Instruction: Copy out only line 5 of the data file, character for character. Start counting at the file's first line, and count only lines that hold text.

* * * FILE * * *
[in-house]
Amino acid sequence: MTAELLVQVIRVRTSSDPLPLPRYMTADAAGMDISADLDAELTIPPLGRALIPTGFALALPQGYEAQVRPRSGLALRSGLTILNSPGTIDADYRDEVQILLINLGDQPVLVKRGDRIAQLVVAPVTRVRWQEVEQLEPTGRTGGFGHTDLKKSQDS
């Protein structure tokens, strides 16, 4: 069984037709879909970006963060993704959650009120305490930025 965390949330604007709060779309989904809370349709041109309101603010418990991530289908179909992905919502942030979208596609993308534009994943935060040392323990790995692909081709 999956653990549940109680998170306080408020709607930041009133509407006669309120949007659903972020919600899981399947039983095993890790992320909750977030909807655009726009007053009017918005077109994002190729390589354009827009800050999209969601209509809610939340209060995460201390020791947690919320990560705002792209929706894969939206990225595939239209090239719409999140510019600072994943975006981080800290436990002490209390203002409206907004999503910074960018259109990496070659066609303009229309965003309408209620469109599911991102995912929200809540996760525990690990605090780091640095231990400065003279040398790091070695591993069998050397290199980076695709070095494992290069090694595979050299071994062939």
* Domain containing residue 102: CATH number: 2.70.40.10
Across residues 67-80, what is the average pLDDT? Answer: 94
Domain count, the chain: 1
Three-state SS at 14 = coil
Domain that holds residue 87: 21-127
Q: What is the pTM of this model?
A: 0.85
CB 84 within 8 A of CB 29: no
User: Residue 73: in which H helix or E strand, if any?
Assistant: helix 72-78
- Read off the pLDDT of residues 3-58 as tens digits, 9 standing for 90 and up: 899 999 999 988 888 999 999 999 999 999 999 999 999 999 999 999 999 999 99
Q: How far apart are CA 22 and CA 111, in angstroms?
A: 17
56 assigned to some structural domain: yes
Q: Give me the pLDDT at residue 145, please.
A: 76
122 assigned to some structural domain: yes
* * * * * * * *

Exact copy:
Across residues 67-80, what is the average pLDDT? Answer: 94